BACKGROUND - Parent-child interactions set the stage for child mental health and development. Given that maternal depressive symptoms are associated with poorer observed caregiving behaviors, examining potential cognitive mediators is important for identifying mechanisms underlying the intergenerational transmission of risk and possible targets for intervention.
METHODS - We assessed depressive symptoms and levels of self-focus and psychological distancing from infant-centered verbal narratives obtained from 54 mothers, and examined caregiving behaviors in a structured interaction with their six-month-old infants.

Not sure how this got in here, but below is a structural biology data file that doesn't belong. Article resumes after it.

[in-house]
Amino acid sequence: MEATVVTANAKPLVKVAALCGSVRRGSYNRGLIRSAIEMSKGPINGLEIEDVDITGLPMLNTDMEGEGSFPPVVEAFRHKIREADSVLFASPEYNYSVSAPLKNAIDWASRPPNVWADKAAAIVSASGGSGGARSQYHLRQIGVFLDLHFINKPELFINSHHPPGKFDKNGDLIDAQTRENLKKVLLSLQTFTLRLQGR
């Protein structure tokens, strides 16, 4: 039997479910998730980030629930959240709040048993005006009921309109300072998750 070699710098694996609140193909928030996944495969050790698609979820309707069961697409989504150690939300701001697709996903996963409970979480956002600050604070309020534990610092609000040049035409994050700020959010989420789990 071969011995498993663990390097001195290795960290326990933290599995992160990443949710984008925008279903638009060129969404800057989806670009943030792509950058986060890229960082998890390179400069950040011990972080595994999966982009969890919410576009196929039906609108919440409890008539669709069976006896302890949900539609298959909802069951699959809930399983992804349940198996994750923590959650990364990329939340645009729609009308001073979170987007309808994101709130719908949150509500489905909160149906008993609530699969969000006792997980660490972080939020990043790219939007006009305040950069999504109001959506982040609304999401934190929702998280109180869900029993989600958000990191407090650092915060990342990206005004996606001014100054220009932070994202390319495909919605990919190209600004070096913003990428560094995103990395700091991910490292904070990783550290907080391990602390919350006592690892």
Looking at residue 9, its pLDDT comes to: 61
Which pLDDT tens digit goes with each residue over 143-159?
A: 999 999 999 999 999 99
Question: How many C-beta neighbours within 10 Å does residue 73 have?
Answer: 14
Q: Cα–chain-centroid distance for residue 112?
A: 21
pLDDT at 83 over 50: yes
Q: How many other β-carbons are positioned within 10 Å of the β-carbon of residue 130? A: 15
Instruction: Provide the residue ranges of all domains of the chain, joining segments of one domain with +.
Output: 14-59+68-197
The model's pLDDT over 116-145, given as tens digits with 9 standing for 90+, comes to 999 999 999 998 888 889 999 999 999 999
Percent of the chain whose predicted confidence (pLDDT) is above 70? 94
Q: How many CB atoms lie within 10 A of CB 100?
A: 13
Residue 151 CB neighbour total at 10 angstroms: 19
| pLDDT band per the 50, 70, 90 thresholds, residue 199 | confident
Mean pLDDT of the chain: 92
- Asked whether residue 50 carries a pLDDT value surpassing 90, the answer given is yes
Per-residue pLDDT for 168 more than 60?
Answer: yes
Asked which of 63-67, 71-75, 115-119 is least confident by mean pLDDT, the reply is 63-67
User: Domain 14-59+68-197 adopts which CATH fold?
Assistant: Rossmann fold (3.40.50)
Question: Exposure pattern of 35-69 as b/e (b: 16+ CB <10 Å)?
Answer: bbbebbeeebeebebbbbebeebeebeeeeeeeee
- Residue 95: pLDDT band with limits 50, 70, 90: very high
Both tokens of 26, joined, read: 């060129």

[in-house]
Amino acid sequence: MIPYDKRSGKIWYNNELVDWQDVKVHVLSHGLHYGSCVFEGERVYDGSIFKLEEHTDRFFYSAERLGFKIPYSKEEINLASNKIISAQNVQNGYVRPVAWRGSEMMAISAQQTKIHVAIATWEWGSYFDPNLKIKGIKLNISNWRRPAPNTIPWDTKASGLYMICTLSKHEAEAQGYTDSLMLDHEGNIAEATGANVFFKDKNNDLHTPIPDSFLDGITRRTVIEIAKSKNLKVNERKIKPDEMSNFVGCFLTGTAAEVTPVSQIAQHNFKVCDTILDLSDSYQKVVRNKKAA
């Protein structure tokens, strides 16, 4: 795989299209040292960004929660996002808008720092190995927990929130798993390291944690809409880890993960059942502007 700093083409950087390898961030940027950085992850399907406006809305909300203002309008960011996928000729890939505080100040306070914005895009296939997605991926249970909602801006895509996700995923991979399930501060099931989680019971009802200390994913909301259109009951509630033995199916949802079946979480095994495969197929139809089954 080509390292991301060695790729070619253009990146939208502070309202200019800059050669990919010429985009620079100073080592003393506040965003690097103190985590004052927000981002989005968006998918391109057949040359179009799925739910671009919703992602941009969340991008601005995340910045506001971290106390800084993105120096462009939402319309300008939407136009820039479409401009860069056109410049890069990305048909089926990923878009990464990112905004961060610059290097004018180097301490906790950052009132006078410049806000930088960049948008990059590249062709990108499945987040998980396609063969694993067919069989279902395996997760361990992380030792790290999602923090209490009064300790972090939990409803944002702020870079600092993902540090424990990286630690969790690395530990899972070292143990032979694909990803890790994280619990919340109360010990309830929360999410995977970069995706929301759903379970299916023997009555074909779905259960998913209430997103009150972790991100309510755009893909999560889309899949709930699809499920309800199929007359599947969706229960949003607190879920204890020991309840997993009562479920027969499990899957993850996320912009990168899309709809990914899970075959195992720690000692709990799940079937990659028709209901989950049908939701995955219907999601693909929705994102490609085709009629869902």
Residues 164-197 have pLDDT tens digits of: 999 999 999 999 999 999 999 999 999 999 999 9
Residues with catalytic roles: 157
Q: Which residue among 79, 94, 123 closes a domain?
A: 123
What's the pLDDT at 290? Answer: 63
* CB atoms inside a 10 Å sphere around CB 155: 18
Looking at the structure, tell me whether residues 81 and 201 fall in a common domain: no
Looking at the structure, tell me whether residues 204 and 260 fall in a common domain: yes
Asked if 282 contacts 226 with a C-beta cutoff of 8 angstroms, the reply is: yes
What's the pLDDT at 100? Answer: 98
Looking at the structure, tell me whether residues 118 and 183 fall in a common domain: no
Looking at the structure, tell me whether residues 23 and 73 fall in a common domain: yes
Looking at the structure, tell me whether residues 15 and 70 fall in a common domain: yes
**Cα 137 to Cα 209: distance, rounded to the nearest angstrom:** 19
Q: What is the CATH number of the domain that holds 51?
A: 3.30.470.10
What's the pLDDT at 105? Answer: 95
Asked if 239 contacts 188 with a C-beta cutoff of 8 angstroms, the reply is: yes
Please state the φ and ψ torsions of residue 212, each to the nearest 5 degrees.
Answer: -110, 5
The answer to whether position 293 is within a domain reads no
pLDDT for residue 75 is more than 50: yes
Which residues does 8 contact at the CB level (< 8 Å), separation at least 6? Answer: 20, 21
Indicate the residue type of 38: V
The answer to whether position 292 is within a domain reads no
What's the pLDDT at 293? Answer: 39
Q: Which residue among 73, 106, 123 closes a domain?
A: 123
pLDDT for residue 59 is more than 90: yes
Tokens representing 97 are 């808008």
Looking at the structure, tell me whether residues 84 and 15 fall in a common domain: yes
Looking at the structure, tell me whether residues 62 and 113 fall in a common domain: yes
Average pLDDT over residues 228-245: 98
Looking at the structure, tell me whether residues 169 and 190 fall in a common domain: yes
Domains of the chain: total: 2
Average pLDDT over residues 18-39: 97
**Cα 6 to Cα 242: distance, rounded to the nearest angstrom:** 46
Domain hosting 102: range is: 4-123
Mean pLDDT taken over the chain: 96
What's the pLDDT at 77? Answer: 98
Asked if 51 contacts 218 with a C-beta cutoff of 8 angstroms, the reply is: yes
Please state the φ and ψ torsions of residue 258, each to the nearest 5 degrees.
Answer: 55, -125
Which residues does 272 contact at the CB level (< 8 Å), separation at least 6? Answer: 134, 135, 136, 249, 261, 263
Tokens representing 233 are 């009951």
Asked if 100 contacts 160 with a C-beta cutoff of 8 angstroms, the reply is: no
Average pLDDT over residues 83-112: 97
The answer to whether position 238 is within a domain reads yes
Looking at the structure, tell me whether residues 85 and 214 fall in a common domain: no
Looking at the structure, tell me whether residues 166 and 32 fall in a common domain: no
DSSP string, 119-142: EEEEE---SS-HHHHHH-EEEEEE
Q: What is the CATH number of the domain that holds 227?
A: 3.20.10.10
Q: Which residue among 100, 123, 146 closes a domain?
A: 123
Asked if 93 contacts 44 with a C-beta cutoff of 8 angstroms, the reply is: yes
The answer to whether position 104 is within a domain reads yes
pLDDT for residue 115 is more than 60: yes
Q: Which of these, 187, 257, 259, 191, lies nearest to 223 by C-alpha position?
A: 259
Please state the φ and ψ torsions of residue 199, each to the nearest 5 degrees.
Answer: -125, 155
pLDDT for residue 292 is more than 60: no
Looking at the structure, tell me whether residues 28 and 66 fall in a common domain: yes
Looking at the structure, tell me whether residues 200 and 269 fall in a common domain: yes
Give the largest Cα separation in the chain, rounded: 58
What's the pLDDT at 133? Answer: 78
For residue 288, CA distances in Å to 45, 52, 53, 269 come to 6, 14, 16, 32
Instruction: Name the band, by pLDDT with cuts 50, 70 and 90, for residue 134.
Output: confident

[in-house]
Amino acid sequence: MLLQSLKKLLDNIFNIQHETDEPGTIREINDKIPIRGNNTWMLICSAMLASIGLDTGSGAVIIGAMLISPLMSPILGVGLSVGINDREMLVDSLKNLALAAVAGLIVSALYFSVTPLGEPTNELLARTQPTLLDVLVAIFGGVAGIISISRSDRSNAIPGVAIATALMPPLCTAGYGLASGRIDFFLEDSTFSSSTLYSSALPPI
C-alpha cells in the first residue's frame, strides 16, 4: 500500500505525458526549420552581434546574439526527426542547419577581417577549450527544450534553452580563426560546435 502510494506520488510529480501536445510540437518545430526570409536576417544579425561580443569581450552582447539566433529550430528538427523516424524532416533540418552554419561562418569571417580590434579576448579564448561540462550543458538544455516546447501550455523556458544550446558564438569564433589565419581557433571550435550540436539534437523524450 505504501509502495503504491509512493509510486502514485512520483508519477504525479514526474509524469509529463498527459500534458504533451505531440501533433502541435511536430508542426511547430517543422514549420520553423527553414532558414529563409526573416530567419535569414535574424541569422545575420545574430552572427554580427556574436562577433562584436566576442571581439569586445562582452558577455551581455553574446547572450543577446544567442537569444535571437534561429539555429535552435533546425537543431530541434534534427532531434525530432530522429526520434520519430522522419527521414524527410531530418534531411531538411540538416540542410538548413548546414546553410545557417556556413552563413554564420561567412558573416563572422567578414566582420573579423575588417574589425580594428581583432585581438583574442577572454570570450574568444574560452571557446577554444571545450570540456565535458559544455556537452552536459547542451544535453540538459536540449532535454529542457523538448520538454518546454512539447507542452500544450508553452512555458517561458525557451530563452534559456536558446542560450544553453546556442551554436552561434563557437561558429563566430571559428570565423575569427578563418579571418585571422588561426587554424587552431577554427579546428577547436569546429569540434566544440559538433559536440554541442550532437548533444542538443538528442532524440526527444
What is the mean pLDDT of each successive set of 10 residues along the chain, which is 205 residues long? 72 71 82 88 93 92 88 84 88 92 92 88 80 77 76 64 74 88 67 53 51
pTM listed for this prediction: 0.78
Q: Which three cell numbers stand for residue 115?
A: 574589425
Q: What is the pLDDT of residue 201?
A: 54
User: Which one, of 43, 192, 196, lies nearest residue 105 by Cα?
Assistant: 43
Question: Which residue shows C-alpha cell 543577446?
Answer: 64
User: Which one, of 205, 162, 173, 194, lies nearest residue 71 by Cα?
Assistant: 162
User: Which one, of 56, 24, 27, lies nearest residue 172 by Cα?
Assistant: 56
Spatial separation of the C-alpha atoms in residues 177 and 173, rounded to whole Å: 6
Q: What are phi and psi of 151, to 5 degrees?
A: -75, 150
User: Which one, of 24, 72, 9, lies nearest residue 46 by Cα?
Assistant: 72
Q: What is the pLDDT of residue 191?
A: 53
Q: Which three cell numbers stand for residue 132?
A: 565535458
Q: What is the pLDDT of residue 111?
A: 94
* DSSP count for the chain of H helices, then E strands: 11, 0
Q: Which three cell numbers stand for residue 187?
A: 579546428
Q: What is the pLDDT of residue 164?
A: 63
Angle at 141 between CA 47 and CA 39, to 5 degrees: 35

RESULTS - Higher depressive symptoms were associated with pronoun use in narratives (i.e., greater "I" and reduced "we" use), reflecting increased self-focus and psychological distancing. Further, increased self-focus was associated with lower levels of caregiver warmth, and mediated the association between depressive symptoms and caregiving warmth.
LIMITATIONS - This observational study does not allow for causal interpretations.
CONCLUSION - These findings suggest that the cognitive styles associated with depression interfere with the caregiving relationship, affecting behavior in parent-child interactions that may increase the risk for the intergenerational transmission of depression.
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